In recent years, there has been a significant uptick in the number of people working from home rather than commuting to their 9-5 office job 5 days a week. Whilst this approach has allowed more flexibility to enter the workplace, it has also blurred the lines between work time and rest time. When you can access your entire working life from a laptop balanced on your knee whilst sat on the sofa (or even still in bed), then it becomes easier to finish just one more email before calling it a day or to take another 5 minutes finalising a project before you cook an evening meal. Those extra bits of working time add up and can lead to people feeling like it’s impossible to ‘switch off’.
Even when you love your job, it’s important to prioritise taking regular time off. Making plans for what you will do with your next block of rest time can help you to protect it, whether it’s a Tuesday evening, a weekend, or a longer holiday. Giving yourself something to look forward to that is separate from your career will not only improve your general mood but also make taking a break feel worthwhile, especially if you struggle with the idea of deliberate ‘unproductive time’.
Luckily for you, we’ve come up with some different suggestions for what you could do on your next day off.
Unleash Your Inner Foodie
A busy full life sometimes doesn’t leave much space to think about food. As the saying goes, however, you are what you eat and paying closer attention to the meals you’re eating and how they’re prepared can have a big impact. Rather than eating the same thing on rotation, or constantly ordering in, why not give cooking a go for yourself? Many people find it a meditative and relaxing activity which takes their mind off the stress of the day – plus, at the end of it, you’ll have something yummy to eat.
Online resources like YouTube and Instagram have thousands of recipes available, ranging from the amateur-friendly up to those with Michelin star pretensions. Tasty, Bon Appetit, and So Vegan are just three examples of social media profiles with plenty of simple, straightforward recipes to suit any palate. Alternatively, you could try a meal subscription box. For a monthly fee, you can choose to have all the ingredients and recipe cards delivered straight to your front door; then, all you have to do is follow the instructions to make your own tasty homemade meals. Mindful Chef, Gousto and Hello Fresh are some popular choices.
Start Playing Games
If you’re looking to give your brain a true workout during your downtime, then there is a fun and easily accessible way to do so: gaming. It might seem too good to be true at first; however, playing games is not only a valid relaxation activity but can also help you to build new skills. Take poker, for example. Everybody has heard of it but not everyone knows how to play. By using an established online platform such as PokerStars, you can get to grips with the basics of the game and start playing against other people online. Once you feel ready, you can enter an online tournament as there are a variety of options available, including the Sunday Million and the Women’s Sunday tournament, reserved solely for female competitors.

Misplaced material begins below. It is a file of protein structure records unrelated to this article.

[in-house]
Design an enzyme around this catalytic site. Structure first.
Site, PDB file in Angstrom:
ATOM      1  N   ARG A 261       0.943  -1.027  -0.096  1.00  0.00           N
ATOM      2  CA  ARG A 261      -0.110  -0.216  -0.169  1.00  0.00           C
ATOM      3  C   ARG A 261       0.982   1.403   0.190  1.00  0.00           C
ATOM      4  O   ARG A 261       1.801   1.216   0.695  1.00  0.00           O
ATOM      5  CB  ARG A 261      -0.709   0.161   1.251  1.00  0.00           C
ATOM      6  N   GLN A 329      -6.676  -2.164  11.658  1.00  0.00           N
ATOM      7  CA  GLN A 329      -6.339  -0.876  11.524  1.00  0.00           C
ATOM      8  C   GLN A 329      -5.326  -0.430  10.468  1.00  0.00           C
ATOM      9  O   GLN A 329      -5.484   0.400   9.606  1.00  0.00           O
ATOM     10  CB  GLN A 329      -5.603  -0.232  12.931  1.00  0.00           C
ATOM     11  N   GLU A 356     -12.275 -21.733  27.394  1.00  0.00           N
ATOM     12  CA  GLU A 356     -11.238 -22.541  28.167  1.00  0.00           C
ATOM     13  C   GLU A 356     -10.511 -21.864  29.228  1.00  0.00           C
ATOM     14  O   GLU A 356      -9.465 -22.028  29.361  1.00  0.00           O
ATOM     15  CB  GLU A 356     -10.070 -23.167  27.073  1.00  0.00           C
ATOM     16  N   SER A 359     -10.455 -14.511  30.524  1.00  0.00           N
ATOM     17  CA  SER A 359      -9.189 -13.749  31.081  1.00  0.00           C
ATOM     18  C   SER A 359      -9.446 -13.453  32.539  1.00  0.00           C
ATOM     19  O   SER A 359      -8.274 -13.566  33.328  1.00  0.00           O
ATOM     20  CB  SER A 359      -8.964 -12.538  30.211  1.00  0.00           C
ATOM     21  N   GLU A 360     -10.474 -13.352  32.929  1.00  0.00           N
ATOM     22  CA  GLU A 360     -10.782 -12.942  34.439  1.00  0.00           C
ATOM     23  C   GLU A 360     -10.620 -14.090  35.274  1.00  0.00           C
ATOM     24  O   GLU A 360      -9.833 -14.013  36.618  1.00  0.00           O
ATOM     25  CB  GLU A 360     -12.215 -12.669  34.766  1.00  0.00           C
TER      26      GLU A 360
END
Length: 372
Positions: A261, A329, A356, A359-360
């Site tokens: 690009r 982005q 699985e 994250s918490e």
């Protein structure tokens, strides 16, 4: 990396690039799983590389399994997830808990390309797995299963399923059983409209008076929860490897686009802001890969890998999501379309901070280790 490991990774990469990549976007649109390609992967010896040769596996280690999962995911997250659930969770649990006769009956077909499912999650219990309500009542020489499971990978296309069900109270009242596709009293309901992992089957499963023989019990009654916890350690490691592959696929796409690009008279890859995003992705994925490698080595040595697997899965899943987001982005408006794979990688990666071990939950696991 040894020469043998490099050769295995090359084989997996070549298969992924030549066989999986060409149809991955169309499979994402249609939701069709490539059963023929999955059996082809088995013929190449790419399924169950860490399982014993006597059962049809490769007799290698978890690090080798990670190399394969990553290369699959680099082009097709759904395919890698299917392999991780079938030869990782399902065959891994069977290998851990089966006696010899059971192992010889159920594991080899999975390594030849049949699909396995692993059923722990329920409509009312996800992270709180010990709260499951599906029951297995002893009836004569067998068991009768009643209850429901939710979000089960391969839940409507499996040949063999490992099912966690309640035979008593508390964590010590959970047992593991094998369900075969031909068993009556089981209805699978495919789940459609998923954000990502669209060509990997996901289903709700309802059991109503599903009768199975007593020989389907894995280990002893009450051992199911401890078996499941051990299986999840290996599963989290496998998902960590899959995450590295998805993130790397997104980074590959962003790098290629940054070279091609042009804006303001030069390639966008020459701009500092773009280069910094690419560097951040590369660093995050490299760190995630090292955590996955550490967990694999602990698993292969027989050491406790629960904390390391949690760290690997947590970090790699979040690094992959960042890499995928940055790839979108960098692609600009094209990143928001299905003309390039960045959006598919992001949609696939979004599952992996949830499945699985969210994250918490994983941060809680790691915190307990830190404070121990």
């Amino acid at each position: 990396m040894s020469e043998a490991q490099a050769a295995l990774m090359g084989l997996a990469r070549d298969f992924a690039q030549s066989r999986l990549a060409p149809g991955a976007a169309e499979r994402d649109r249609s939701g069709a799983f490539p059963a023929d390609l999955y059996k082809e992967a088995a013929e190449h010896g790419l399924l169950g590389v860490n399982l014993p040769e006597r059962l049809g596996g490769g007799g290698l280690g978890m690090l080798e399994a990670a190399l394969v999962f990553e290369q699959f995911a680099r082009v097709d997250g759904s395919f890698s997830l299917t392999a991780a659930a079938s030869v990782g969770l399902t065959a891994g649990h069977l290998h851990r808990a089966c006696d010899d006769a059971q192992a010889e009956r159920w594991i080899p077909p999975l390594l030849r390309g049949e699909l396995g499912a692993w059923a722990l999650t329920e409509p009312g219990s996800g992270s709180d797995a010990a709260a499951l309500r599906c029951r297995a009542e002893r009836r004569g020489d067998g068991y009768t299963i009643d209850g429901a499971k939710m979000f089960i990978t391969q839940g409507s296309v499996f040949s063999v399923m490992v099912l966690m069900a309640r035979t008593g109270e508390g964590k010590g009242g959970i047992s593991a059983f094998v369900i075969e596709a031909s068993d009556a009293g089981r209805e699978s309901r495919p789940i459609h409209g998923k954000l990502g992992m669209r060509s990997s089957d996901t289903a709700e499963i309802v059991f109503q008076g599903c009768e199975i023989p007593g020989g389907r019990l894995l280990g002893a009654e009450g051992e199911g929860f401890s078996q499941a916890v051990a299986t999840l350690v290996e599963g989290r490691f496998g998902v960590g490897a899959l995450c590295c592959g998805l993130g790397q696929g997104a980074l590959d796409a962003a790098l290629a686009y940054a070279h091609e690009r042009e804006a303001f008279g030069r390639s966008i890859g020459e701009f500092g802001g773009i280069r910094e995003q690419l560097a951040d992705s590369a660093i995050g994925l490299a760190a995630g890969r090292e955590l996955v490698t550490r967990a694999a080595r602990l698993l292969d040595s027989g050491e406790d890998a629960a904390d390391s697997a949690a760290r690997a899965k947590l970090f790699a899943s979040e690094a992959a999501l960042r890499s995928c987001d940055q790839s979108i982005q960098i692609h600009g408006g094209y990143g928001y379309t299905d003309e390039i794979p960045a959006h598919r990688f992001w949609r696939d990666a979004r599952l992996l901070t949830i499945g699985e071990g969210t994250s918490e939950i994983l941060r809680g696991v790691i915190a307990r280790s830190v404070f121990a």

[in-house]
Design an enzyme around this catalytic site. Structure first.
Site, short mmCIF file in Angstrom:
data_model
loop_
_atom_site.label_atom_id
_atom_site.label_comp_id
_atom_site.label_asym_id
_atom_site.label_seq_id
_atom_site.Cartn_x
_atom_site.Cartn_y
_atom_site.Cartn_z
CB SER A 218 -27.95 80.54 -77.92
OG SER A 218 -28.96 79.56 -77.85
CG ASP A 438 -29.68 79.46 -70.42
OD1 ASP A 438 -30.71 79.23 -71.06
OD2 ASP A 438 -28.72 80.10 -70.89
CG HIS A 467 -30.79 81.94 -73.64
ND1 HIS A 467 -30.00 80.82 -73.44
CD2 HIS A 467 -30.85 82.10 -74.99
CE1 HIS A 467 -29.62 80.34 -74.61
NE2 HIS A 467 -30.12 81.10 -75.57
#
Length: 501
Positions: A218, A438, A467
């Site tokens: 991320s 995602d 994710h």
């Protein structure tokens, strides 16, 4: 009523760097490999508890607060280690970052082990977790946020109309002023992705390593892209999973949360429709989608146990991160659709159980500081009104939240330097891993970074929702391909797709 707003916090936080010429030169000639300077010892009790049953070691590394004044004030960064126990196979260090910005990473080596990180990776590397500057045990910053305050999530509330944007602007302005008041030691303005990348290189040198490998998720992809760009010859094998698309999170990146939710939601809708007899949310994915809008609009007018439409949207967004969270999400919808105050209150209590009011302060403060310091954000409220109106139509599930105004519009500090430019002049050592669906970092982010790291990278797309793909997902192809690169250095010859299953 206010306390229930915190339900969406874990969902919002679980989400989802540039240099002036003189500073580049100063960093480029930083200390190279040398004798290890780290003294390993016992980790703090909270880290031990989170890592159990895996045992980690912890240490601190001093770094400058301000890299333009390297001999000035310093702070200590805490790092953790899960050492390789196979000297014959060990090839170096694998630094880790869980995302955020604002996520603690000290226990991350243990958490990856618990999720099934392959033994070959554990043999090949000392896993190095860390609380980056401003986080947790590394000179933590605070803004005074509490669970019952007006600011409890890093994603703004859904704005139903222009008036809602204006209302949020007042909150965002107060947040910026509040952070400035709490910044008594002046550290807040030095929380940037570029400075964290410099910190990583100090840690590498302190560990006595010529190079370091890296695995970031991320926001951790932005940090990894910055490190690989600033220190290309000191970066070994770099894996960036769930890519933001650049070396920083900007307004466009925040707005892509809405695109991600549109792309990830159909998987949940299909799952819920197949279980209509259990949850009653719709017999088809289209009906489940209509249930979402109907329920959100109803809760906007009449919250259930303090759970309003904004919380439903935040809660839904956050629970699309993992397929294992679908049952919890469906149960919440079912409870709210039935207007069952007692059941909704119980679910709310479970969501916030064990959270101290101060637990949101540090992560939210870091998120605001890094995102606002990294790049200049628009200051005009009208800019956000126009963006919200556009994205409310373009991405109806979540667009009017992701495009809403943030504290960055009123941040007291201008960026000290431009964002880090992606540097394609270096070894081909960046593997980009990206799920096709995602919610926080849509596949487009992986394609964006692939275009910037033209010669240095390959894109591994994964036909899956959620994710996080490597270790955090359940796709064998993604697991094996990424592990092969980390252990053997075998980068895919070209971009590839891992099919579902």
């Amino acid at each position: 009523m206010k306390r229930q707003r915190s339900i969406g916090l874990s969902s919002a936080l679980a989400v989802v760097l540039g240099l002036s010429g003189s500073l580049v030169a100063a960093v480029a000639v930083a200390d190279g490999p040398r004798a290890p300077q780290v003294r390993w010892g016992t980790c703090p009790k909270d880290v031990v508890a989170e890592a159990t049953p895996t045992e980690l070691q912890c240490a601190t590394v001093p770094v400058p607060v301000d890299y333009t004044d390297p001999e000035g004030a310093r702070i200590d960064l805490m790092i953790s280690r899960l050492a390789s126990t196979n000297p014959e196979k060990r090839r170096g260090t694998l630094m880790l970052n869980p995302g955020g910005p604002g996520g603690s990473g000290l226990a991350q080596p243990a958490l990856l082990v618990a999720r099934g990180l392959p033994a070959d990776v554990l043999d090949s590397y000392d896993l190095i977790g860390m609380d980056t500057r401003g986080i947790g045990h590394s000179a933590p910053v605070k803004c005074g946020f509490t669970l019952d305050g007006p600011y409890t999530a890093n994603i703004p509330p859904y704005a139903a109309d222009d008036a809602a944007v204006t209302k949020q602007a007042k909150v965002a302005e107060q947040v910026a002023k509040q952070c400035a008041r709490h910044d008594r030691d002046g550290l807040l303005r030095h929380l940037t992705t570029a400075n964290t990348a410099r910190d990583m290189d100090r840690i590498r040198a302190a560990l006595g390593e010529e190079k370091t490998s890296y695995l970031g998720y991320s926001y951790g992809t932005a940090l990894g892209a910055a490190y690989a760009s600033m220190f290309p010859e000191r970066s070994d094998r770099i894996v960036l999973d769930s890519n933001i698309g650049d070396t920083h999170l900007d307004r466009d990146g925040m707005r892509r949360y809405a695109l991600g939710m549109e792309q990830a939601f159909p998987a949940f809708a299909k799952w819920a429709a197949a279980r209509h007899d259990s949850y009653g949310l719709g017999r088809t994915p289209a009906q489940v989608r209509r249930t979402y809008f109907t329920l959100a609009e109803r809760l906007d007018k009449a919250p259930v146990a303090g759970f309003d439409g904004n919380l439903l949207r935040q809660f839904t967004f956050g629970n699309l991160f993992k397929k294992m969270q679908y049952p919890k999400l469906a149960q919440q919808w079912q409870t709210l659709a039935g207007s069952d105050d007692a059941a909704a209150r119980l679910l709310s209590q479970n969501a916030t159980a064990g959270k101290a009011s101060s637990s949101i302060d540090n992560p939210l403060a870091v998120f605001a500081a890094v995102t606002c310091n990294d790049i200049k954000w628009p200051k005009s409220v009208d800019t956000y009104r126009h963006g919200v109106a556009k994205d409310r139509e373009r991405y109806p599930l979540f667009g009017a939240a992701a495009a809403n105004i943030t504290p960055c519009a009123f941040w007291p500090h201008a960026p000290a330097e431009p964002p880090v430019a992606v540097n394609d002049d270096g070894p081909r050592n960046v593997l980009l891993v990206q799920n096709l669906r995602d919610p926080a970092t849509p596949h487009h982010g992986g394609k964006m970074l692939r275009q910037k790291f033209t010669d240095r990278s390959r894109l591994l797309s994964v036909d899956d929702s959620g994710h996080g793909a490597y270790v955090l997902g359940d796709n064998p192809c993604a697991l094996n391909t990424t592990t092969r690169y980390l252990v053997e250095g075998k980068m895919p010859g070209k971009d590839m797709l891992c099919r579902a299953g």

Poker can strengthen your ability to work well under pressure, teach you how to read people, and help you to implement self-discipline. All of these skills are helpful not only in everyday life but also once you’re back at work. The primary focus of your downtime activity should not be making yourself more productive in the workplace, but if that’s a by-product of you having fun, then it’s a win-win situation for everyone.
Clear Out Your Wardrobe
It’s a job which we find ourselves putting off time and time again, but clearing out your wardrobe needn’t be all toil. Instead, with apps like Vinted, Depop and eBay, it can actually turn into a great little side hustle. Once you get into the swing of photographing, describing, identifying and packaging up your less-worn pieces, you’ll really start to enjoy yourself.
As well as being a satisfying activity and a chance to earn some extra pocket money, selling your clothing on to somebody who will wear it is also good for the environment. Circular fashion is all the rage at the moment as fashionistas strive to put the planet first without having to give up this great outlet for self-expression and creativity. There’s also nothing to stop you spending all your profits on new second-hand pieces for yourself which you know you’ll get plenty more wear out of. There are whole communities of people out there, sharing their second-hand bargains and helping each other to track down certain designer labels and styles. You could end up with a group of new friends as well as a stunning new wardrobe!